Monday, June 11, 2012

Political TV Ad Disclosure

Back in April the headline usually looked like this "FCC Requires Local TV Stations to Disclose Political Ads Online. The ruling would require them all to disclose who bought what ads and how much they paid. I assumed that it was going to happen, it just made perfect sense. the information is already public, but the current requirements for access to the Public File were written in the 1950s, before the Internet existed. Presently you actually have to go down to your local TV stations studios and knock on the door and ask to see the public file. It's sort of silly. So in the spirit of making public things actually  public, the FCC asked that this all just go on the Internet. Who could possibly be against this? (Assuming it's not implemented in a really onerous format.) Well some broadcasters oppose it. They're arguing that there is a cost to disclosure, they fear compliance it self will add some kind of cost. NAB was particularly terse in their repudiation. I'll just quote them.
“By forcing broadcasters to be the only medium to disclose on the Internet our political advertising rates, the FCC jeopardizes the competitive standing of stations that provide local news, entertainment, sports and life-saving weather information free of charge to tens of millions of Americans daily."
So the NAB is just arguing they shouldn't be singled out. There's some truth to that as the ruling does not apply to radio, websites, newspapers or magazines. (not that they have jurisdiction over print publications) For me that's an argument for more disclosure not less. But that reason is both logical fallacy and also a false flag. Most stations probably don't object to outing their political ad buyers. They don't really hustle to sell those spots, they're required by law to carry them, and to sell them at their lowest rates. That means selling potentially prime-time spots at weekend overnight prices. So it's in their best interest to sell that time to virtually anyone else if they can. The NAB's function here isn't as a spoiler, it's to protect the interest of its members even if that interest is unethical or even illegal. They are a lobbyist group like any other. So here's the real deal:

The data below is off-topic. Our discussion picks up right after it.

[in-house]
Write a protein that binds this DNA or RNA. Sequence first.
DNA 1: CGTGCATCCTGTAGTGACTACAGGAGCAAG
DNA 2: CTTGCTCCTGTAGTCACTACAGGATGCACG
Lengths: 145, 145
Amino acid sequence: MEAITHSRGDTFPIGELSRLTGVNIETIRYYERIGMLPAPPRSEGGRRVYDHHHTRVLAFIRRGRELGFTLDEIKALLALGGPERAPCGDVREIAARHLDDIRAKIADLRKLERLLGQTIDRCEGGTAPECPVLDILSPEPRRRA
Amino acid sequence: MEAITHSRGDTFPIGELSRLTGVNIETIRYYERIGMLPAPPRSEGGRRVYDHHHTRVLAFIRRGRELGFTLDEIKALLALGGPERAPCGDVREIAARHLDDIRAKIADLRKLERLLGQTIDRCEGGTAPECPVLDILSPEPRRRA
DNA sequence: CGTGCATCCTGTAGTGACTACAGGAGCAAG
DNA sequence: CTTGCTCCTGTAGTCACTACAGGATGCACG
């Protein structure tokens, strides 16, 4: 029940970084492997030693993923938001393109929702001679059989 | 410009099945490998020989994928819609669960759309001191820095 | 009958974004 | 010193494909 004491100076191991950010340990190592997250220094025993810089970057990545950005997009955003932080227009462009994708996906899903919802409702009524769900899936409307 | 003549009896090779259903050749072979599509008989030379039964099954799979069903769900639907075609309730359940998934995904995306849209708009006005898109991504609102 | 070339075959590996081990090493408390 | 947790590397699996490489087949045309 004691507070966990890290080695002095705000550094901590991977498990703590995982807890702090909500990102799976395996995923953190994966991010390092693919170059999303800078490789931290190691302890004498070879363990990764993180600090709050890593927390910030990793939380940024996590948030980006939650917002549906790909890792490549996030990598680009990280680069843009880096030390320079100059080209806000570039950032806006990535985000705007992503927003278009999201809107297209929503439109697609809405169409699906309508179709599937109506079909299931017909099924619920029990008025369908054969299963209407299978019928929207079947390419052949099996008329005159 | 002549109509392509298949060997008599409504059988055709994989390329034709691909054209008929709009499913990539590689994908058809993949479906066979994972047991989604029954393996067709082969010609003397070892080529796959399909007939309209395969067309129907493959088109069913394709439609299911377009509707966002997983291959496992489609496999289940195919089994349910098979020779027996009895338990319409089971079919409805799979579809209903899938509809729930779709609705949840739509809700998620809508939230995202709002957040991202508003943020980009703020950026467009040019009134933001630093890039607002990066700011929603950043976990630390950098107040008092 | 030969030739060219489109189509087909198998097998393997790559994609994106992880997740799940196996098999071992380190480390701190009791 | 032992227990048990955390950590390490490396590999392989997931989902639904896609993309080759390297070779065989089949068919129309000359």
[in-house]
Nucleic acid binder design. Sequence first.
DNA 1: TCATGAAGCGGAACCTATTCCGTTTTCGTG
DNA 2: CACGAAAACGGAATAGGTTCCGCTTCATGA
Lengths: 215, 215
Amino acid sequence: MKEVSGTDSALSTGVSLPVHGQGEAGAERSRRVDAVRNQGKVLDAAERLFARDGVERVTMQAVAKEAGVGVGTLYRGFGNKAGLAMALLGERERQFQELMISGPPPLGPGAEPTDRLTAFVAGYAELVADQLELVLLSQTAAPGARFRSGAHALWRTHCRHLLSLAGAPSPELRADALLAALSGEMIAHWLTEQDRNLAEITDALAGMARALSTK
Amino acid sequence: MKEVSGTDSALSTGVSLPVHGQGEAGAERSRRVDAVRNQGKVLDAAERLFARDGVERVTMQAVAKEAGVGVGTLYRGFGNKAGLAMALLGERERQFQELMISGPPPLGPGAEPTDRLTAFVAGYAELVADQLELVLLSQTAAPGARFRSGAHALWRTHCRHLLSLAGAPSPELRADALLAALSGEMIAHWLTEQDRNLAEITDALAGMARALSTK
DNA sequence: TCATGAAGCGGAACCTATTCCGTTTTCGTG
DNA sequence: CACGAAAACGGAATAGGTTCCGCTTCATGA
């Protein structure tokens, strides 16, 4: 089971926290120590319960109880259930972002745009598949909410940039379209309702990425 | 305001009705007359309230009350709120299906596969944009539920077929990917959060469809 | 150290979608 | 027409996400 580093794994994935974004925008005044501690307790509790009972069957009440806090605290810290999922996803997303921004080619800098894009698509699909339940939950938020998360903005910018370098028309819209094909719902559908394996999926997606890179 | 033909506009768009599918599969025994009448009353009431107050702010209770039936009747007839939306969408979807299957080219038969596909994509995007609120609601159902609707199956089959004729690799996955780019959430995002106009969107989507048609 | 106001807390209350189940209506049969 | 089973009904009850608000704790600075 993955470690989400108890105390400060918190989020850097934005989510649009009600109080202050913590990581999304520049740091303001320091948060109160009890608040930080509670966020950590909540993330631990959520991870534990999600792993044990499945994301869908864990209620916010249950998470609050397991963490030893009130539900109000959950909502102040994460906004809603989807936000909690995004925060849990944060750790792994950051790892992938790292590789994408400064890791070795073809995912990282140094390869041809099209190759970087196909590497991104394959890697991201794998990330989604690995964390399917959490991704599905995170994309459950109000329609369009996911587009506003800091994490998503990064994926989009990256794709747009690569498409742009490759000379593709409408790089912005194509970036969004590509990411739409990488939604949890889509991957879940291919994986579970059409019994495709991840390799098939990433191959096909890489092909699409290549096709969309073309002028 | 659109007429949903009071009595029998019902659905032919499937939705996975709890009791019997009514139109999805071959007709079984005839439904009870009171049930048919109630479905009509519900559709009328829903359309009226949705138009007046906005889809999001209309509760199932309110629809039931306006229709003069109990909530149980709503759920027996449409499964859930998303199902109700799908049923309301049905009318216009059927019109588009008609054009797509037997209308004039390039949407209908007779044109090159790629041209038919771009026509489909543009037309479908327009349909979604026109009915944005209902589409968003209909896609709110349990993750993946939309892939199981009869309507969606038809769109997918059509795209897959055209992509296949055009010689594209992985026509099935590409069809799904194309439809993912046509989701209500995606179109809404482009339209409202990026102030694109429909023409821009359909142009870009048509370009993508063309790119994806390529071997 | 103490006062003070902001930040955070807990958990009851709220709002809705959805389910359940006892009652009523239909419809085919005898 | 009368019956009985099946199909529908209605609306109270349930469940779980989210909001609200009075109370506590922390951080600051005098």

1. They don't want the prices made public because then everyone knows what their rock-bottom rate is.  It undermines their ability to gouge other ad buyers. This is not illegal, it's just crappy.
2. Public disclosure of rock-bottom rates  also prevents them from gouging political ad buyers. Some stations over-charge Some political ad buyers and while it's illegal, it's profitable. It is also certainly partisan in application: conservatives outlets over-charging liberal candidates or vice versa.
So both of those reasons basically boil down to stations not wanting to publicly disclose any portion of their rate card. To protect this dubious self-interest FCC Commissioner Robert McDowell proposed removing the rate information, essentially just disclosing the ad buyer and the buy (when and where it ran)  This is most of what the public wants, so this will probably be the compromise that happens right?  No. Someone still objects. More here.

Last week, House Republicans voted along party-line vote to approve a policy rider to block the FCC ruling. Not to change it or limit it but just to stop it entirely. Republicans echoed the "burden" argument that NAB made ignoring the fact that the FCC already limited it to the stations in the top 50 markets. I expect big campaign donations from NAB to the republicans this year. Big donations. But the burden argument is just a smoke screen there too. While NAB members may be ambivalent on the disclosure of buyers, the super  PACS have a clear motivation. The function of the Super PAC is to obscure the buyer. If you disclose it at the point of sale that power becomes moot. So while the FCC ruling may be politically motivated, so is it's obstruction by the House. But the story isn't over.  Pro Publica has  threatened to crowd-source the data manually.  Nice move. More here.